– According to The Guardian, California Governor Gavin Newsom signed a bill that would enable residents to request that their personal information be deleted from the coffers of all data brokers in the state. The bill, SB 362, known as the Delete Act, was introduced by state Senator Josh Becker in an attempt to give Californians more control over their privacy. Residents already have a right to request their data be deleted under current state privacy laws, but it requires filing a request with each individual company. The new bill reinforces that all data brokers must register with the California Privacy Protection Agency (CPPA). It also requires the CPPA to establish an easy and free way for residents to request that all data brokers in the state delete their data through a single page, regardless of how they acquired that information.
– The SEC adopted rule amendments governing beneficial ownership reporting under Sections 13(d) and 13(g) of the Securities Exchange Act of 1934. The amendments update Regulation 13D-G to require market participants to provide more timely information on their positions. SEC chair Gary Gensler said in a statement: ‘In our fast-paced markets, it shouldn’t take 10 days for the public to learn about an attempt to change or influence control of a public company. I am pleased to support this adoption because it updates Schedules 13D and 13G reporting requirements for modern markets, ensures investors receive material information in a timely way, and reduces information asymmetries.’
Sections 13(d) and 13(g), along with Regulation 13D-G, require an investor who beneficially owns more than 5 percent of a covered class of equity securities to publicly file either a Schedule 13D or a Schedule 13G, as applicable. An investor with control intent files Schedule 13D, while exempt investors and investors without a control intent, such as qualified institutional investors and passive investors, file Schedule 13G.
Among other things, the amendments shorten the deadline for initial Schedule 13D filings from 10 days to five business days and require that Schedule 13D amendments be filed within two business days, generally accelerate the filing deadlines for Schedule 13G beneficial ownership reports, clarify the Schedule 13D disclosure requirements with respect to derivative securities and require that Schedule 13D and 13G filings be made using a structured, machine-readable data language.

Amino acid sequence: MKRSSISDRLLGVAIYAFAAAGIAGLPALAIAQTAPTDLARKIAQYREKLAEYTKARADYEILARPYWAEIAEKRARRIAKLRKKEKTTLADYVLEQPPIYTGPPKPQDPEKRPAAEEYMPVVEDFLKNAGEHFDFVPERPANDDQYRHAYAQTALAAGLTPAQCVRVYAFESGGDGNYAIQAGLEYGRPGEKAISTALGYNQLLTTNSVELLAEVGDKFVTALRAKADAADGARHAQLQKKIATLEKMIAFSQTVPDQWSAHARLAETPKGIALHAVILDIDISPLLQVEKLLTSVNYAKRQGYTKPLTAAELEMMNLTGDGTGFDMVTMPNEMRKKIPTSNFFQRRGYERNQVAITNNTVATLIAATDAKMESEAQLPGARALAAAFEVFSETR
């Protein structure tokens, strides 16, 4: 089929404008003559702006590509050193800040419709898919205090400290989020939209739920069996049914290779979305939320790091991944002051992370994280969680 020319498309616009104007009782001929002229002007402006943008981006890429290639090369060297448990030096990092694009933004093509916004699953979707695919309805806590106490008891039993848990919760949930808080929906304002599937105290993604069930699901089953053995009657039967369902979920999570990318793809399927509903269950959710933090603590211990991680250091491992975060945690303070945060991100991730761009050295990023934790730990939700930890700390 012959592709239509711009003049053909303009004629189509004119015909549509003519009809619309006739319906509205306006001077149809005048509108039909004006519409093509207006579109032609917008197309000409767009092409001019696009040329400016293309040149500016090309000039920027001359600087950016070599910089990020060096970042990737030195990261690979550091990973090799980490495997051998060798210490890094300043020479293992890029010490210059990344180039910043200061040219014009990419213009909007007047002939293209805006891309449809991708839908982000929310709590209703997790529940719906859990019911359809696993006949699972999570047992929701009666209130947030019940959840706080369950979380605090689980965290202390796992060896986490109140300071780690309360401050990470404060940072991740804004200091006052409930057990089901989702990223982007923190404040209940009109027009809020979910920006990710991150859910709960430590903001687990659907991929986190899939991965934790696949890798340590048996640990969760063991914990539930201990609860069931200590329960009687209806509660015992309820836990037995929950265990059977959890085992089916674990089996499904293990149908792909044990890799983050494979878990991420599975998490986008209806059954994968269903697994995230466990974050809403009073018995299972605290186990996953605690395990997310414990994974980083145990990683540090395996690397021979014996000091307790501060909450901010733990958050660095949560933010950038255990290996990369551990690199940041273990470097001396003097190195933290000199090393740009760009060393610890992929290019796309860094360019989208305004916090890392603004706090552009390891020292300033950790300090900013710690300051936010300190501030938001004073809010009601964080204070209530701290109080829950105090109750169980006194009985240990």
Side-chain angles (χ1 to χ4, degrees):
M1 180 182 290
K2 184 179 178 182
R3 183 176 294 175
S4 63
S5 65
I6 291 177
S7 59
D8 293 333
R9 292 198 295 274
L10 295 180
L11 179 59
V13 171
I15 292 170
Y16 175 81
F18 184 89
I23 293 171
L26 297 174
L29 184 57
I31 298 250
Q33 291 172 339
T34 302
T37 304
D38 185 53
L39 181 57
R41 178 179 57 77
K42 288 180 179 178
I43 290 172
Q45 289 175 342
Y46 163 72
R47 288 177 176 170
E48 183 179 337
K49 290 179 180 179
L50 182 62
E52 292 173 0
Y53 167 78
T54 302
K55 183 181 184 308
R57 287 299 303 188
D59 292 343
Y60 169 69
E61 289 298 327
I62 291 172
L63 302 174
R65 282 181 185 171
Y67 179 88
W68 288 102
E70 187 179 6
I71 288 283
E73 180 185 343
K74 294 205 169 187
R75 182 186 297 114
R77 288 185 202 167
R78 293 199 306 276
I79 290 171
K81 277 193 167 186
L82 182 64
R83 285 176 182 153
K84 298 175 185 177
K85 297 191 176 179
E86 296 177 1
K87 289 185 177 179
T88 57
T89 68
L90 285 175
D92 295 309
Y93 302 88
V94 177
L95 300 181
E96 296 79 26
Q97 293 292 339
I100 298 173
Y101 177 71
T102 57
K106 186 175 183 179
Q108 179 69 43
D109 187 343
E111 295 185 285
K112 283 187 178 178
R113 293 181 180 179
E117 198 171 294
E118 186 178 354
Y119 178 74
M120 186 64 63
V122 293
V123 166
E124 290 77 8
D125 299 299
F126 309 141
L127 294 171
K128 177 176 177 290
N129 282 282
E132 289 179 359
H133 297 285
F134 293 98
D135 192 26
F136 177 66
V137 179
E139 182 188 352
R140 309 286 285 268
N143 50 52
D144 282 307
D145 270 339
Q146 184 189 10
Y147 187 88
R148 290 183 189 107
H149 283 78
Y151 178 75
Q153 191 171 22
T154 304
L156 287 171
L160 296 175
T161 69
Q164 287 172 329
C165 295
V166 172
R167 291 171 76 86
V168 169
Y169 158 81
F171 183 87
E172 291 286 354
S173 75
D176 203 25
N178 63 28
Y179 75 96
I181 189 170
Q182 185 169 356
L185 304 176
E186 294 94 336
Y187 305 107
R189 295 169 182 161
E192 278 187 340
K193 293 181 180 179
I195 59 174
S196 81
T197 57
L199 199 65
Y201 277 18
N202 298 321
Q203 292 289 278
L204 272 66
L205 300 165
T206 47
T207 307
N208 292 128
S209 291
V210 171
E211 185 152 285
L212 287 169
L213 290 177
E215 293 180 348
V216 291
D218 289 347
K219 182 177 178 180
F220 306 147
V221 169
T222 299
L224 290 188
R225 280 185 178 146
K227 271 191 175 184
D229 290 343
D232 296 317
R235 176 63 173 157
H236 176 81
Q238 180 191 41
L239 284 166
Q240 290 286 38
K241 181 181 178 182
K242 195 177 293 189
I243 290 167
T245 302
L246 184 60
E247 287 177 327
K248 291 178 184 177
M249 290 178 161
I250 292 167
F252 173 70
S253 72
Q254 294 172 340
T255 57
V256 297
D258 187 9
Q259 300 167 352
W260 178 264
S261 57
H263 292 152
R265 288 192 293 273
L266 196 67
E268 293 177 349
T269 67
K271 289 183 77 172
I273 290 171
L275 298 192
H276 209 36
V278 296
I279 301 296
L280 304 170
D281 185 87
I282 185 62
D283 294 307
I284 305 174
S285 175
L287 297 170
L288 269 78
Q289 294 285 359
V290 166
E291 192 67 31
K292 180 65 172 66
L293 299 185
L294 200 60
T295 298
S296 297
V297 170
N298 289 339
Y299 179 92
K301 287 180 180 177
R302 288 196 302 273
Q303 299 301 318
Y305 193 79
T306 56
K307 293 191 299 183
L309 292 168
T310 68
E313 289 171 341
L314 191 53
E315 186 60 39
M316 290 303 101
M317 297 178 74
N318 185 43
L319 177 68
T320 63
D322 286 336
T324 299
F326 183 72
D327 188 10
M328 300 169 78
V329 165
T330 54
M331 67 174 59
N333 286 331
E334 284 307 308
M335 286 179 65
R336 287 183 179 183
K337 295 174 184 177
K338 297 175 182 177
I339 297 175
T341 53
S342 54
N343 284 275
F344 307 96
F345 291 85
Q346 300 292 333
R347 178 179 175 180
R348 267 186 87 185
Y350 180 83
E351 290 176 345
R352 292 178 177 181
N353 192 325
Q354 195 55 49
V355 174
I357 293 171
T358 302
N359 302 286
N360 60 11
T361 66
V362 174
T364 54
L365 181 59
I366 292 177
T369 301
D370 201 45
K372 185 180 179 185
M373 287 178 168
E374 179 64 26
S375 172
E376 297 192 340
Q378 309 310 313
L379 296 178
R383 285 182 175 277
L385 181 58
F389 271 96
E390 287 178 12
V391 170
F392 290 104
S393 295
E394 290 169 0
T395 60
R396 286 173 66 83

– The WSJ reported that, according to new research conducted by Gallup and Bentley University, consumers’ desire for companies to weigh in on current events and sociopolitical topics has fallen. Forty-one percent of Americans say businesses in general should take stances on current events, down from 48 percent last year, with declines found across age and ethnic groups, according to the survey.
But the survey’s findings also illustrate the increasing complexity marketers face in navigating a divided society. They suggest opportunities for businesses to meet consumers’ growing demands in other areas, experts say. For example, Gallup also found that most young, black and Asian consumers still want brands to speak out on issues that matter to them. Overall, most respondents said businesses should speak out on the specific issues of climate change and mental health.
– According to CNBC, Walgreens Boots Alliance has chosen Tim Wentworth as the company’s new CEO. Wentworth is the former CEO of the country’s largest pharmacy benefits management company, Express Scripts, which was acquired by Cigna in 2018. He stayed on as chief of Cigna’s health services before retiring at the of 2021. ‘What made me decide to come back was a chance to lead this iconic brand and company at a time when it’s not in a steady state,’ Wentworth said. ‘It’s a massive platform... [touching] almost 10 mn people a day.’ Wentworth will start on October 23, almost two months after Roz Brewer stepped down as CEO.
– Reuters reported that Humana CEO Bruce Broussard will step down in the second half of 2024 after more than a decade in the role. The insurer named Jim Rechtin as his successor. Broussard led Humana to become the second-largest provider of Medicare Advantage in the US by tripling its membership for the government-backed program to more than 5 mn customers. Rechtin will join Humana from Envision Healthcare, a US provider of physicians, where he is CEO and president. As part of a long-planned transition, Rechtin will first be appointed as president and COO from January 8 next year, before taking over as CEO from Broussard.
‘The board of directors has worked diligently to find the right leader who can take Humana into the next phase of growth and transformation,’ said Humana chair Kurt Hilzinger in a statement.